Thermal performance testing is a holistic process which includes test preparation, test execution and reporting and interpretation of the results. The process scope and complexity is tailored to the test objective and requirements.

Test planning and procedure

TPT preparation/planning is the most time-consuming part of the process for testing and with good reason since it is here that all goals must be presented, measurement methods must be established and calculation processes must be approved. If there are uncovered and/or unresolved topics, they must be finalized during this part of the process.

During planning, a test procedure must be elaborated to communicate the objectives of the test, the preparations and arrangements needed for TPT, the methodology used to calculate the performance parameters, required data to be collected according to the methodology, define high accuracy instruments required to achieve the test uncertain level and any additional agreement not defined in contracts or guiding performance testing codes. The test procedure is the document that will dictate the process used to measure and calculate the test final results.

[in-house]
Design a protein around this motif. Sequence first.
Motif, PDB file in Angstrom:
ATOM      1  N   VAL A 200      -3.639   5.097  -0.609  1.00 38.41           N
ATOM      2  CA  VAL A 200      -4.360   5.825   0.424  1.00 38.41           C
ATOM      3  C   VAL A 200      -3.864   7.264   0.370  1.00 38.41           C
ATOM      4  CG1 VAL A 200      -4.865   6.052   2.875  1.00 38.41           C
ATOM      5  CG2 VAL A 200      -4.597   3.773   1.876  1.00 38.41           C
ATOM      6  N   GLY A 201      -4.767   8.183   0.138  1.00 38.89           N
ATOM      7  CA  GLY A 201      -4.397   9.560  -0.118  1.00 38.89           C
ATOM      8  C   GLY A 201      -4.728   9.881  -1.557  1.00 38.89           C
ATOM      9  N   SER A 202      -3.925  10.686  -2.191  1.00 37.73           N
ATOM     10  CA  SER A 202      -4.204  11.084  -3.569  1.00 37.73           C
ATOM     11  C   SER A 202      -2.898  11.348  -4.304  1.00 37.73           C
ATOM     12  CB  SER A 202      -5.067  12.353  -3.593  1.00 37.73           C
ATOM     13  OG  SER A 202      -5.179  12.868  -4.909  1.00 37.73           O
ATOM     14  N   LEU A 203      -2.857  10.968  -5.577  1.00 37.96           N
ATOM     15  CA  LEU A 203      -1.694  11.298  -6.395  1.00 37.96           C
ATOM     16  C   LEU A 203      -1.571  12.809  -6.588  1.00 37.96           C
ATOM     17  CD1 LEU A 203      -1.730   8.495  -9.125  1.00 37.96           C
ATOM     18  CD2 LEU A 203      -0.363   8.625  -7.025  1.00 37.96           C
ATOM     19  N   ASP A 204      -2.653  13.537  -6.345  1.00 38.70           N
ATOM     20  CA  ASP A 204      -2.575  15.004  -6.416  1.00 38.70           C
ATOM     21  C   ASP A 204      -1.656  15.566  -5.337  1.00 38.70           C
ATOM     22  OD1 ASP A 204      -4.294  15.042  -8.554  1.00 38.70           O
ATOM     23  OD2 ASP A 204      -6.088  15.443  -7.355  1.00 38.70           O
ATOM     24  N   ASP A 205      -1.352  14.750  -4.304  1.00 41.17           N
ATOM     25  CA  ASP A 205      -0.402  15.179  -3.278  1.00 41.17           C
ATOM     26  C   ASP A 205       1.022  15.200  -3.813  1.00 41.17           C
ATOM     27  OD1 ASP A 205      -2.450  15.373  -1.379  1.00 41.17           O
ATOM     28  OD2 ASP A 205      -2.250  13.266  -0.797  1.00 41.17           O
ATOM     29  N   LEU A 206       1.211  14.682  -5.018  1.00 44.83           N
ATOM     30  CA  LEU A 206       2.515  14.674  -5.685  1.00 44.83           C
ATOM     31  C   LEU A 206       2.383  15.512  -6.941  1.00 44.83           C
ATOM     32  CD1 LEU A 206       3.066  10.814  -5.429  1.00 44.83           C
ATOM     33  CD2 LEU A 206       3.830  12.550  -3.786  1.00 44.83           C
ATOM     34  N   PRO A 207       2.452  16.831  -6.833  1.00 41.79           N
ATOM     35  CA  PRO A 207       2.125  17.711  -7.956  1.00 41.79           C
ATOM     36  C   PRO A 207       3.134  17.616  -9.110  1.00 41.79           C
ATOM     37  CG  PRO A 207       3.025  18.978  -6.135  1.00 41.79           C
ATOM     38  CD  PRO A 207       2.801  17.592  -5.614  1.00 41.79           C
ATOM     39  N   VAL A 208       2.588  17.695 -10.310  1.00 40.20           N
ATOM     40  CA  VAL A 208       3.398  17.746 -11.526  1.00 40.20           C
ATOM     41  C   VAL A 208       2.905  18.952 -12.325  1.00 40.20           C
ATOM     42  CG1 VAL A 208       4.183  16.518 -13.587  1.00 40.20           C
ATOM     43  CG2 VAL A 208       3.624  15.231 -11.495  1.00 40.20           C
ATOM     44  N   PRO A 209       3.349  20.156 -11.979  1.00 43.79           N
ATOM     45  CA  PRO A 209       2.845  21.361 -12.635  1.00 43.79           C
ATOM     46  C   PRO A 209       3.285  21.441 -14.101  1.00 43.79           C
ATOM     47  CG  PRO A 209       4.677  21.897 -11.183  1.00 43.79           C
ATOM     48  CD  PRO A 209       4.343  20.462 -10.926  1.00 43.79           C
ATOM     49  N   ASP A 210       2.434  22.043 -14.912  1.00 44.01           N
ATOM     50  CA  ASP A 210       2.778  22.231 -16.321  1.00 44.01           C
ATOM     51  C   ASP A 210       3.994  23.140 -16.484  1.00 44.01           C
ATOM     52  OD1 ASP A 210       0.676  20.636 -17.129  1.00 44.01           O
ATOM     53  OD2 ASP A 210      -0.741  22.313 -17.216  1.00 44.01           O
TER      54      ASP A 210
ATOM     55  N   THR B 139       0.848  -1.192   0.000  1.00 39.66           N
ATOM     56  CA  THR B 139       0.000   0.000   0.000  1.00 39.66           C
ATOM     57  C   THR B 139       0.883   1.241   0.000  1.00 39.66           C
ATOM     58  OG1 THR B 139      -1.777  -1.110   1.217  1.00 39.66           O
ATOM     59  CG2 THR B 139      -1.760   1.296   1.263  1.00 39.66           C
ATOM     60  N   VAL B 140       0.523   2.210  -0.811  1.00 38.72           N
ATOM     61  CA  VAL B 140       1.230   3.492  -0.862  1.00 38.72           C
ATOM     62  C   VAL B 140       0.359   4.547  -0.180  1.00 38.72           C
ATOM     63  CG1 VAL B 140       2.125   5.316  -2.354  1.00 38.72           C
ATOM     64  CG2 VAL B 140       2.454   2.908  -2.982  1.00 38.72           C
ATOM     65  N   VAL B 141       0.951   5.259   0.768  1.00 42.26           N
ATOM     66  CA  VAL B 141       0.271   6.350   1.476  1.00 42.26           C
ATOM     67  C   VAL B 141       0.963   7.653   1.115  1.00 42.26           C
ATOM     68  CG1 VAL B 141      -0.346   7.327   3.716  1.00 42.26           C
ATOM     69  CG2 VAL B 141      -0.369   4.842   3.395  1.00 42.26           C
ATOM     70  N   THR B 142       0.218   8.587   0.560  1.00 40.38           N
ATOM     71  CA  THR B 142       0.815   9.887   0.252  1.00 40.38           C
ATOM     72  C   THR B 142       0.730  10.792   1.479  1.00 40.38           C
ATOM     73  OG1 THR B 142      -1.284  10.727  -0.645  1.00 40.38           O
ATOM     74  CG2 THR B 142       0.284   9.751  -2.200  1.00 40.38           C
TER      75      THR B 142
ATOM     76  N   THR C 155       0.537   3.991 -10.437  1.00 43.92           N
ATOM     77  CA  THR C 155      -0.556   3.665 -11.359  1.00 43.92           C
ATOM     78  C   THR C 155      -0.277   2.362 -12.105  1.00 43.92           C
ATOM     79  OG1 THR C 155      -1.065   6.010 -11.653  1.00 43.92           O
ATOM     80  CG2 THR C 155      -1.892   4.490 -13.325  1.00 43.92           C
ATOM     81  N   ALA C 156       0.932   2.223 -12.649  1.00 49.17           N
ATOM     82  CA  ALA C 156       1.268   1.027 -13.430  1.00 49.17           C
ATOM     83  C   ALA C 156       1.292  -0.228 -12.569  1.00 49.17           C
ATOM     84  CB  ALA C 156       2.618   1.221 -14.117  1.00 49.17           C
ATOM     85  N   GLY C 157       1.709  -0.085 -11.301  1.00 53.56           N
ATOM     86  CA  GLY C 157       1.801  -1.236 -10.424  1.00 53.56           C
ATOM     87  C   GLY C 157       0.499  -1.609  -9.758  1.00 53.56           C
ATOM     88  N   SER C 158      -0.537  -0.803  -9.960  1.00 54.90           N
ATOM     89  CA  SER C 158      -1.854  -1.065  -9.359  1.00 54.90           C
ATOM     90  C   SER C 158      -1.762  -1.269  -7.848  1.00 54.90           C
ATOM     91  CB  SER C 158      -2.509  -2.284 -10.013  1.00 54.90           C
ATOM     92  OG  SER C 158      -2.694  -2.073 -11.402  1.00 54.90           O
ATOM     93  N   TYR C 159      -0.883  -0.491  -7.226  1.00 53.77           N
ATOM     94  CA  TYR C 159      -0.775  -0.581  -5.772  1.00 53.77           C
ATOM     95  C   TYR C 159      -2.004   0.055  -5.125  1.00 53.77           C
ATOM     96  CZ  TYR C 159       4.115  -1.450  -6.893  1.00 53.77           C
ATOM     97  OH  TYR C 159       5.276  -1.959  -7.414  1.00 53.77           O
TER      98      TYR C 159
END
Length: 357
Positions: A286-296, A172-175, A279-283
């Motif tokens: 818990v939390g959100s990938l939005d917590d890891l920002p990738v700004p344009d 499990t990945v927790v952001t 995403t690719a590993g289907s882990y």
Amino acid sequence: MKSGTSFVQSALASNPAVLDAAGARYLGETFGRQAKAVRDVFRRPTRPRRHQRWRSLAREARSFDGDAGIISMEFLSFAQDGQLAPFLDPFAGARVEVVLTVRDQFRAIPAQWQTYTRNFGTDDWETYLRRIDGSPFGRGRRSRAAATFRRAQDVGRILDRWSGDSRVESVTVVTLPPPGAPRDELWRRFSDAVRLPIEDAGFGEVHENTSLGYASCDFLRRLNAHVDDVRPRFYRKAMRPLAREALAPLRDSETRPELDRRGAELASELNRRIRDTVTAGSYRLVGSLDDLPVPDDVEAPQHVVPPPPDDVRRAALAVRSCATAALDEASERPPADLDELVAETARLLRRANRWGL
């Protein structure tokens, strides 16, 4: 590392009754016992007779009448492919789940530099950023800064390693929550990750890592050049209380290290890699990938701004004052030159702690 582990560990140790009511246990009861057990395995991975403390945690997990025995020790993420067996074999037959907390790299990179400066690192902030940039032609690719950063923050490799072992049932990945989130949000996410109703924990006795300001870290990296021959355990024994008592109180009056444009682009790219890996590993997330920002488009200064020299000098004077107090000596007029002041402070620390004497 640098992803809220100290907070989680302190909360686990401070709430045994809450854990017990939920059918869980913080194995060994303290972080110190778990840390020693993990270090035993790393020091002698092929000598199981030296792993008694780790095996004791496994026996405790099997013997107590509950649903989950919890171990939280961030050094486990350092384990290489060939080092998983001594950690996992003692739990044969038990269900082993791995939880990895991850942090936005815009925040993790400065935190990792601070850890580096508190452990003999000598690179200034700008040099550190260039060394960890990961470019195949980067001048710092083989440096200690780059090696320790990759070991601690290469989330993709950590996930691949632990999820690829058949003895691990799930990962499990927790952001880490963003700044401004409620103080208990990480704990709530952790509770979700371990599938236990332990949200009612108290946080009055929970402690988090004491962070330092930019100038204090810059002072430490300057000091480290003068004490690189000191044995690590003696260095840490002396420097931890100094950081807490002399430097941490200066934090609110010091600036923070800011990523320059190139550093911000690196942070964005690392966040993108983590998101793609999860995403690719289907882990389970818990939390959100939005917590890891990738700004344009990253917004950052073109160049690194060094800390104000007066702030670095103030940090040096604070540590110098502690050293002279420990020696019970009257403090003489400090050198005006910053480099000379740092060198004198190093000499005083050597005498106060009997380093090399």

Additionally, the test procedure details the TPT execution phase and what needs to be addressed before the official test, here we are talking about, but not limited to, overall cleanliness of the block regardless of the technology, approved documentation (i.e. test procedure, agreed methodology, limitations, etc.), cycle isolation, process valves alignment, operation of ancillary system that might represent a consumption of auxiliary loads, etc.…

Test execution